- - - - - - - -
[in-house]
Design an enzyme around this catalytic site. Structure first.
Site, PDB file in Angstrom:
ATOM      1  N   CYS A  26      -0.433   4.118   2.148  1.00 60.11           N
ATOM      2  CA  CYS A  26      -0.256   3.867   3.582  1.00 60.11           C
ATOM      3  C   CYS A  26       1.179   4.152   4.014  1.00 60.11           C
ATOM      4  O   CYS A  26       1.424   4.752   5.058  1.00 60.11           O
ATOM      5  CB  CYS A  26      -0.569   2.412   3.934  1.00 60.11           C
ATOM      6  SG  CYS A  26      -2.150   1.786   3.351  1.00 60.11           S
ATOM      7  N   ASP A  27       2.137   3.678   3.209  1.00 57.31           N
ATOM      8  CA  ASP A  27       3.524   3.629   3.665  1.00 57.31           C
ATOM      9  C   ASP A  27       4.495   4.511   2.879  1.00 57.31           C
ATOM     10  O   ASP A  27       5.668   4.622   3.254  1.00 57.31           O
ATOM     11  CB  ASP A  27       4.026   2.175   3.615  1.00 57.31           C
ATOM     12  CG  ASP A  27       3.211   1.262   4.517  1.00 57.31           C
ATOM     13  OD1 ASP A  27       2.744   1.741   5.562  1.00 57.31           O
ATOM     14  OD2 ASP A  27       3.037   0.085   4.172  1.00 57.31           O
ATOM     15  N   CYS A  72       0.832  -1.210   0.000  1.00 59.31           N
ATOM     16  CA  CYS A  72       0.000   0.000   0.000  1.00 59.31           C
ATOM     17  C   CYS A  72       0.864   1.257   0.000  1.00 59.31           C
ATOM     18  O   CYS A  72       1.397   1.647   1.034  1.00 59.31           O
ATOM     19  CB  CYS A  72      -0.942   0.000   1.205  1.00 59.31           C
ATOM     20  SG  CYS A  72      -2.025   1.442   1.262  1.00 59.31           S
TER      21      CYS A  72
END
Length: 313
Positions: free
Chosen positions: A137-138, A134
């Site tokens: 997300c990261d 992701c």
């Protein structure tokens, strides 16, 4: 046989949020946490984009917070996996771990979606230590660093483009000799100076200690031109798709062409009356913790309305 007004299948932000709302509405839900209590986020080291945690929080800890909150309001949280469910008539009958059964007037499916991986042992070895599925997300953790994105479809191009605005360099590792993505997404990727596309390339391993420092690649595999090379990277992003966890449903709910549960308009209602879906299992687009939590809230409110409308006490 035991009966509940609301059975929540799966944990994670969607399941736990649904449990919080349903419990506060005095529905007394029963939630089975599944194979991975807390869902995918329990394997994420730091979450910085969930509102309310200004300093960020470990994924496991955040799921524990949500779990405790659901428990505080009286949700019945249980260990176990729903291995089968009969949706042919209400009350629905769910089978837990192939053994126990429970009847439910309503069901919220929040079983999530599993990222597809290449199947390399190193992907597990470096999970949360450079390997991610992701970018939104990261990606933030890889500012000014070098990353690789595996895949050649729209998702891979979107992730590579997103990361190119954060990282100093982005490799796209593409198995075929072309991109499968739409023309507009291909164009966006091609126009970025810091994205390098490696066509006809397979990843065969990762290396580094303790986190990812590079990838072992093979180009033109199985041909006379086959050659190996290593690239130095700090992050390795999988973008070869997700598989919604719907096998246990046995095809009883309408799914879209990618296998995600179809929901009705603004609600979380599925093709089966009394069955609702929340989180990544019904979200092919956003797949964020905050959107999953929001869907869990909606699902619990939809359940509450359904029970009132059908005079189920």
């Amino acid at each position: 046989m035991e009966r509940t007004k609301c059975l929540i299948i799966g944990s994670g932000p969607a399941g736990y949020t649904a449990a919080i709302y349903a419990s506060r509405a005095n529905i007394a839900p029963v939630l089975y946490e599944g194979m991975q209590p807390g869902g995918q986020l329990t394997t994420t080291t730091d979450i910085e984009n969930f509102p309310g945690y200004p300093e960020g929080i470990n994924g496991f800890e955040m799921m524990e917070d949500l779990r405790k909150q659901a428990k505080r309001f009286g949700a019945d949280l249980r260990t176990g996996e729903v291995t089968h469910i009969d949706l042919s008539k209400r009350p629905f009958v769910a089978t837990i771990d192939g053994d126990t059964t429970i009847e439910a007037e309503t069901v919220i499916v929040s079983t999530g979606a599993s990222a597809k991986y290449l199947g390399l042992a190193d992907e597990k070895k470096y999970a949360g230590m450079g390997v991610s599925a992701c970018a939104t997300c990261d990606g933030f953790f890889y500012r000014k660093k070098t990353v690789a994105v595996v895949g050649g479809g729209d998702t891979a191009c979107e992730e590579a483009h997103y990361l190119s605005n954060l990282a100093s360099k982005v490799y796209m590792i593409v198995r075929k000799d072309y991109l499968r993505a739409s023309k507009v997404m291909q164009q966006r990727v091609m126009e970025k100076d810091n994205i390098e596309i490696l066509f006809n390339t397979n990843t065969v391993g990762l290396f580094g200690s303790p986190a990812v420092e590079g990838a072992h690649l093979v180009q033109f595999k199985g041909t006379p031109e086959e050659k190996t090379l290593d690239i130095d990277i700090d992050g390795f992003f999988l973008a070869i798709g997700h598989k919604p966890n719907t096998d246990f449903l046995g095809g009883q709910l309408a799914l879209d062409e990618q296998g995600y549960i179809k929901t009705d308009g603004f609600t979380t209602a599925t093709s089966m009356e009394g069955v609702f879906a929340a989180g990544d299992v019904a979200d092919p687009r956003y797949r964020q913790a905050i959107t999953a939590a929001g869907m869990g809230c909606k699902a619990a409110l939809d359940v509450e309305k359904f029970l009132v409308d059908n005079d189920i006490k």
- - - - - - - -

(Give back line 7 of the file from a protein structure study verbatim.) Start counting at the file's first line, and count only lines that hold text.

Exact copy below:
ATOM      4  O   CYS A  26       1.424   4.752   5.058  1.00 60.11           O